Plan 2014

Thousand Islands Tourism Bureau

Green groups and boaters along the St. Lawrence River and eastern Lake Ontario won a huge victory Thursday. The U.S. and Canada approved a new, more natural plan for managing water levels after 16 years of study that cost more than $20 million. It's the first time a new method for managing outflows at the Moses-Saunders hydroelectric dam has been enacted since the dam was built in the 1950s. The new regime, known as "Plan 2014," more closely mimics the natural ebbs and flows of the water, and...

ceedub13 / Flickr, Creative Commons

A non-profit says The St. Lawrence River is one of the 10 most endangered rivers in the country. American Rivers say the fish and wildlife of the St. Lawrence will remain in jeopardy until the U.S. and Canada approves a plan for controlling its water levels.

Coalition promoting water level plan for Lake Ontario

Dec 10, 2014
Gino Geruntino / WRVO

A coalition of land owners, elected officials, environmental groups and others are launching a campaign calling on the governments of the U.S. and Canada to move ahead with the latest plan, called Plan 2014, to regular water levels on Lake Ontario. Proponents say Plan 2014 would restore Lake Ontario to more natural levels by controlling dams along the St. Lawrence River. Some owners of shoreline property are unhappy with the new plan because they are worried it would cause more damage to...

Leah Landry / WRVO News File Photo

Boosters of a controversial plan to ease the regulation of Lake Ontario water levels are continuing their push to get the federal government to agree to the proposal. The outdoor sports community is lining up behind Plan 2014.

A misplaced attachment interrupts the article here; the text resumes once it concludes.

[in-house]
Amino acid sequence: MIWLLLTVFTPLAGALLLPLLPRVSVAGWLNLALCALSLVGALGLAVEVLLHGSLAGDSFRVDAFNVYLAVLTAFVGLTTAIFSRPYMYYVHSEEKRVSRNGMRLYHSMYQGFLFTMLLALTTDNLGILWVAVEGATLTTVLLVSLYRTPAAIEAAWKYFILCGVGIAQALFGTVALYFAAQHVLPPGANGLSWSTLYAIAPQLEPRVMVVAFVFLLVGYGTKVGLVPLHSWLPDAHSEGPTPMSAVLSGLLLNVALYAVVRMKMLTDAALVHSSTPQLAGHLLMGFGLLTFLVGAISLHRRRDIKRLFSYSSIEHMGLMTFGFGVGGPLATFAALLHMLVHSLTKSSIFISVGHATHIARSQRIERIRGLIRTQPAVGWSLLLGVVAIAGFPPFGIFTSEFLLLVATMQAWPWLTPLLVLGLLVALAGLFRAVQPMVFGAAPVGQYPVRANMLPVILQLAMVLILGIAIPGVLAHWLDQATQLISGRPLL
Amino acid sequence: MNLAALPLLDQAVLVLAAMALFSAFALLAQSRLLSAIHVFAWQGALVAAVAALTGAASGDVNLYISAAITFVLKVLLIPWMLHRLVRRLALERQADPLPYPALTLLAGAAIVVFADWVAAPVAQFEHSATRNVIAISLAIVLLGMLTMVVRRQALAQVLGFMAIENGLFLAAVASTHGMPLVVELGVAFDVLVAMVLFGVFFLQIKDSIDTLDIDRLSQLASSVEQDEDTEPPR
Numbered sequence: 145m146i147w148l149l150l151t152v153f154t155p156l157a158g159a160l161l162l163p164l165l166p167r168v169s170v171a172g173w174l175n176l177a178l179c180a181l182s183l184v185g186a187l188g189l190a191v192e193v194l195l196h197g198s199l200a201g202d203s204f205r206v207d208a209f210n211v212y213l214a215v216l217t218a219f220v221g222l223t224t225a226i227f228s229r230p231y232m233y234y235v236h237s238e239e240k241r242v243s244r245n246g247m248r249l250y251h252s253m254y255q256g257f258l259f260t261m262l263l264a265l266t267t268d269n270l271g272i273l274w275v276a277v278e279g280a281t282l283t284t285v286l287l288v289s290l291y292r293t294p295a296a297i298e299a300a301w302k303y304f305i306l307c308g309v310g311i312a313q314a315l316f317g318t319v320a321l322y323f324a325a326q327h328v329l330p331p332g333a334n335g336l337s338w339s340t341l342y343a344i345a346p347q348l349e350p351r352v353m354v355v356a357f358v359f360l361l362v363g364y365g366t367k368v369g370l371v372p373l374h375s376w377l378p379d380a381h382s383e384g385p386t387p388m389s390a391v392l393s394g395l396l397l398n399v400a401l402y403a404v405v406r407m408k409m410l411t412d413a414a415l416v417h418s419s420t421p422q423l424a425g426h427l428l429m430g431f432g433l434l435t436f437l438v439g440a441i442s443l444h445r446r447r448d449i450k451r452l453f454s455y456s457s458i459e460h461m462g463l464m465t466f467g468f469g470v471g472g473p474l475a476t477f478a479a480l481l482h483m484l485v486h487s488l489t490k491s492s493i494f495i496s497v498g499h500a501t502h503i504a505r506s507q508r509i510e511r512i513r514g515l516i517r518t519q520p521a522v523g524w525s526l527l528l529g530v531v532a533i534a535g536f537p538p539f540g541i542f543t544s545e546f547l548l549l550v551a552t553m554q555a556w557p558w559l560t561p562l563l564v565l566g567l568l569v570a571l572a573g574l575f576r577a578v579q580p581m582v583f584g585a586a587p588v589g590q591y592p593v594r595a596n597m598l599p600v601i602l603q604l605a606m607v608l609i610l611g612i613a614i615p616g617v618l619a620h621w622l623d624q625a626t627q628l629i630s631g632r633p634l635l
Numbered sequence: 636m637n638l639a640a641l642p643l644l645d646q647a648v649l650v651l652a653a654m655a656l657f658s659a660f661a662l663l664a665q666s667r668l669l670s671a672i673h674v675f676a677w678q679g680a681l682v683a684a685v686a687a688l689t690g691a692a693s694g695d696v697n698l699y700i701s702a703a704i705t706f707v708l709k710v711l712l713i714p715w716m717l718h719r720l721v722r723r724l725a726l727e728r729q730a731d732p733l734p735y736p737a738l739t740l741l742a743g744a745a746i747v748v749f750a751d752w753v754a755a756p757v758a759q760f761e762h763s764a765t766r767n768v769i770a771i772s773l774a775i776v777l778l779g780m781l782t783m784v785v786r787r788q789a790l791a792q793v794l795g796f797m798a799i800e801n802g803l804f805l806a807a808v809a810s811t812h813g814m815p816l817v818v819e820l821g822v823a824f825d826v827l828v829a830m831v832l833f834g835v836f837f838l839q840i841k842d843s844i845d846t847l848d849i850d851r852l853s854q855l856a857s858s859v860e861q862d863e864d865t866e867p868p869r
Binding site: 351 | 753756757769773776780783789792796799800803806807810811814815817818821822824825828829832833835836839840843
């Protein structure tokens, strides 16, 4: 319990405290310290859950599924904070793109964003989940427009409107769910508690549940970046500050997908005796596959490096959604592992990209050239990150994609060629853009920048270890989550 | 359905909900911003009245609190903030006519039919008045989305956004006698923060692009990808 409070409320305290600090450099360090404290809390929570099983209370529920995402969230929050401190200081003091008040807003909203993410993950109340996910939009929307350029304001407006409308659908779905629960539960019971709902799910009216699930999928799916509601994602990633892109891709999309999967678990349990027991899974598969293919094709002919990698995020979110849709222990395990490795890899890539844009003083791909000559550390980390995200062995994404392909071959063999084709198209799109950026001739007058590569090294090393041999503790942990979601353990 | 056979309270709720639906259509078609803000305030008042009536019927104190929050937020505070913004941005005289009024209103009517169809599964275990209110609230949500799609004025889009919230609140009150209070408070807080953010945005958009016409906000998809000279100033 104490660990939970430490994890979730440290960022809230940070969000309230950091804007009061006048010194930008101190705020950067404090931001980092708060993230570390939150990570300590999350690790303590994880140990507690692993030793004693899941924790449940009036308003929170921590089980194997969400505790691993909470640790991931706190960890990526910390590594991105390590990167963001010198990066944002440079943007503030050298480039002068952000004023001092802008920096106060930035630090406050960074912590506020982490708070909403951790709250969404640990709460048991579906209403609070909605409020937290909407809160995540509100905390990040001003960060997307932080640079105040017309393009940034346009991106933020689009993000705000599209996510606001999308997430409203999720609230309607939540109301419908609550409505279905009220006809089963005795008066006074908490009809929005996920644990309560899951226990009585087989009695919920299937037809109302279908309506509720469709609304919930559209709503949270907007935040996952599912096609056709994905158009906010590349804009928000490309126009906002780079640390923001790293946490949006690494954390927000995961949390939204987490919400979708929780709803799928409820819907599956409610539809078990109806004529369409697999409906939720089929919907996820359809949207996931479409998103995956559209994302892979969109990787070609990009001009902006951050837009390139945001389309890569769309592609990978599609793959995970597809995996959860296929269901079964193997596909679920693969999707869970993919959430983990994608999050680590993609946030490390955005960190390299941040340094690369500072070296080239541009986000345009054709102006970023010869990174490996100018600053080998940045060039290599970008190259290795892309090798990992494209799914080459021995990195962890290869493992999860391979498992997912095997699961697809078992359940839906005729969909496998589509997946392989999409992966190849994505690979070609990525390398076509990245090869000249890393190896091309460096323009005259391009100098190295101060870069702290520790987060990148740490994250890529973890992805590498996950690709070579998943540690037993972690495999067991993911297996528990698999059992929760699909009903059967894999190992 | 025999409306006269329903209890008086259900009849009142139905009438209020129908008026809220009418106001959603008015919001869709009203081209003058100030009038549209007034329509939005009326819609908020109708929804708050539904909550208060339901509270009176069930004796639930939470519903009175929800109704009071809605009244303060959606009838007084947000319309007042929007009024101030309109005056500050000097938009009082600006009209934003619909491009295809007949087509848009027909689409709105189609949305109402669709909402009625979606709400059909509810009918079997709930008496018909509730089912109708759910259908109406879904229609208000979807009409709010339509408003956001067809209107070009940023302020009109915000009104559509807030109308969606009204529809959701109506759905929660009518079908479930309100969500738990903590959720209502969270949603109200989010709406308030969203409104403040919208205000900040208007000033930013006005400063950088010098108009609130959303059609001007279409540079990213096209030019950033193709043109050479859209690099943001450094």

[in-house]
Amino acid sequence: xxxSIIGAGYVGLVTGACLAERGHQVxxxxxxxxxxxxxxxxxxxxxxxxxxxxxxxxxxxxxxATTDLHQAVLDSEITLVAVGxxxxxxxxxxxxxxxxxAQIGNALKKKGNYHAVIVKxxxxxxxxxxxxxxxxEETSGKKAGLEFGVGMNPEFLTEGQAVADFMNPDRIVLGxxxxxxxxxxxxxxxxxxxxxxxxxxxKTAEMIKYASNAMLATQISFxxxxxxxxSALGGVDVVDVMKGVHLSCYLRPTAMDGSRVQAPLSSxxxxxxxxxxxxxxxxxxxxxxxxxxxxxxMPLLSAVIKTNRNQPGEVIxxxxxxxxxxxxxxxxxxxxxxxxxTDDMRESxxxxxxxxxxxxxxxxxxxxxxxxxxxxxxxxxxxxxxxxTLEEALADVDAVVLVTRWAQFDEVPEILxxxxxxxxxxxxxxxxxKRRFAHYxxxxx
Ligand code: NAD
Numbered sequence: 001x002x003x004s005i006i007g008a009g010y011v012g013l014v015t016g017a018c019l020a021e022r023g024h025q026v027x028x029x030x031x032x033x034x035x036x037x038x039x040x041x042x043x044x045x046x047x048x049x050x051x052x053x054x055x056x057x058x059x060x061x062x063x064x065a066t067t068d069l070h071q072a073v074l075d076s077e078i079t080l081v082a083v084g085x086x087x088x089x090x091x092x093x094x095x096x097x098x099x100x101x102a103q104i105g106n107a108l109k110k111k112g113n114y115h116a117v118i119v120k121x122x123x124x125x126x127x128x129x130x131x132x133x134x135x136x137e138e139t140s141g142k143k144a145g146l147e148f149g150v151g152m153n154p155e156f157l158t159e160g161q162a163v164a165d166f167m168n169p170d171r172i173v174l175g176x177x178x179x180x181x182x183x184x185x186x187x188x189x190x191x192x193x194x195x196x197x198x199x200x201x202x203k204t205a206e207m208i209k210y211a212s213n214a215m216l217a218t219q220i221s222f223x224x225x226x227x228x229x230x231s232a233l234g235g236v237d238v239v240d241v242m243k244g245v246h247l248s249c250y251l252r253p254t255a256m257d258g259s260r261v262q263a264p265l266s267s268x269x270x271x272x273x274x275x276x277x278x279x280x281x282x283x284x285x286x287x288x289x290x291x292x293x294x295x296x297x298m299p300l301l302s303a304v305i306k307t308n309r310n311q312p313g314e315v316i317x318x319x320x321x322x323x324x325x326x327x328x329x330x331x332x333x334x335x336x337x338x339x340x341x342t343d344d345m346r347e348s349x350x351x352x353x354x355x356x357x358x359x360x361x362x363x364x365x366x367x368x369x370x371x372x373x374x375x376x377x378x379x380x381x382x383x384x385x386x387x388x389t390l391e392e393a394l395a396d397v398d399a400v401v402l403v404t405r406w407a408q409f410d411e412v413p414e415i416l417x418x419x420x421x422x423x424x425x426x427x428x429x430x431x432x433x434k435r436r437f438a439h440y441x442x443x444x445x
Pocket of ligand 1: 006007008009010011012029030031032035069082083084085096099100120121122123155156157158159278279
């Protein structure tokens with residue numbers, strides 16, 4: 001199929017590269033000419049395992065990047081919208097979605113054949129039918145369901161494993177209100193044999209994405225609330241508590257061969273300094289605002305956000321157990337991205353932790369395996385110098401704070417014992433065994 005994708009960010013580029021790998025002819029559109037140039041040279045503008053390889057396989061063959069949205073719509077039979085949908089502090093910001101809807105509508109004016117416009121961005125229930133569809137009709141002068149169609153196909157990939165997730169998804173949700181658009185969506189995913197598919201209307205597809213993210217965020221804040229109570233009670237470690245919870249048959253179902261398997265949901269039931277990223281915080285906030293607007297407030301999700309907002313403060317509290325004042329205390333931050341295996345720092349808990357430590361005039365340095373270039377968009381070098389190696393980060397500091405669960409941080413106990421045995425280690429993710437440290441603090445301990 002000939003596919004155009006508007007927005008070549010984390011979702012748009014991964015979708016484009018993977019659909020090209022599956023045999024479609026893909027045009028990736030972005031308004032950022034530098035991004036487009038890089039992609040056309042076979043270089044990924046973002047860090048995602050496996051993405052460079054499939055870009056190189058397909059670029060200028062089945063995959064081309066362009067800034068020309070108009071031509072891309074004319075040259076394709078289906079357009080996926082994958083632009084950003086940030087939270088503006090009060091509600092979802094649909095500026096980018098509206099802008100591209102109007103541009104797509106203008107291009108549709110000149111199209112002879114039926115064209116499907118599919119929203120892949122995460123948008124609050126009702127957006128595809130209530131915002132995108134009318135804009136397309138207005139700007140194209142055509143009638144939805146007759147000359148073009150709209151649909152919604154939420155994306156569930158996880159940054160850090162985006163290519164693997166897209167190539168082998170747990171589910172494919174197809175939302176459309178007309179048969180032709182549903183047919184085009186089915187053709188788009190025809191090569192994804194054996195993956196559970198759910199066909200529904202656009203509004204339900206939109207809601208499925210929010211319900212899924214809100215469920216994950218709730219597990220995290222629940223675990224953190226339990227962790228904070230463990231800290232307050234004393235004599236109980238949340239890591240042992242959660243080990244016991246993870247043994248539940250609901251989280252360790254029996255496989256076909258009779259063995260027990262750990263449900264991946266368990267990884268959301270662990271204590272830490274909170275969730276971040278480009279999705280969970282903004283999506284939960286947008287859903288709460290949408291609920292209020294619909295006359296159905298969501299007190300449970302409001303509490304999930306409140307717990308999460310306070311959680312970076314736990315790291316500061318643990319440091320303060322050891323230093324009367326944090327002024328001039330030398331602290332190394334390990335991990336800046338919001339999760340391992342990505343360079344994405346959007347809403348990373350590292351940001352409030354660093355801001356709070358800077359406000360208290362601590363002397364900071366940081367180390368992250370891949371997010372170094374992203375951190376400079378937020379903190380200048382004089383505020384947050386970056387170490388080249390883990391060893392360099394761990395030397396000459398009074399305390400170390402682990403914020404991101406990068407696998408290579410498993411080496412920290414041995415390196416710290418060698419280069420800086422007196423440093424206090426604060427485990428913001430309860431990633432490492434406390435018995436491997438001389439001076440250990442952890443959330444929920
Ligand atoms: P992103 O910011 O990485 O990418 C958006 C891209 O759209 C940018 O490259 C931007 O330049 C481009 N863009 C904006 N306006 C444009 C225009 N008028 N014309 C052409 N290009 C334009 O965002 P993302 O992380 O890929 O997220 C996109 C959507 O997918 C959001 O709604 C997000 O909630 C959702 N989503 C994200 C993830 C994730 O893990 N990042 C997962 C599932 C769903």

Plan 2014 eliminates a 50-year-old policy of regulating water levels of Lake Ontario and the St. Lawrence River. Proponents want lake levels to go up and down naturally, which they say would bring back some of the wildlife damaged by the practice.
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Julia Botero / WRVO

Local politicians, environmentalists and business owners gathered in Clayton Wednesday to urge Washington, D.C. to adopt a new plan to manage water levels on the St. Lawrence River and Lake Ontario. The current plan is 55 years old. This new one promises to restore wetlands and wildlife to the waterways while also extending the boating season. But the issue has been debated for over a decade. To understand what this new plan hopes to fix, imagine this: If the St. Lawrence River and Lake...

Ray Sawhillv / Flickr

The organization responsible for regulating water levels on Lake Ontario and the St. Lawrence River is holding a series of public hearings in upstate New York and Canada this week, presenting a new management plan. The International Joint Commission, or IJC, attracted criticism for its last draft of the plan, called Bv7 , which aimed to alter water levels to decrease environmental damage around the Great Lake.

The newest version, called Plan 2014, aims to strike a compromise between...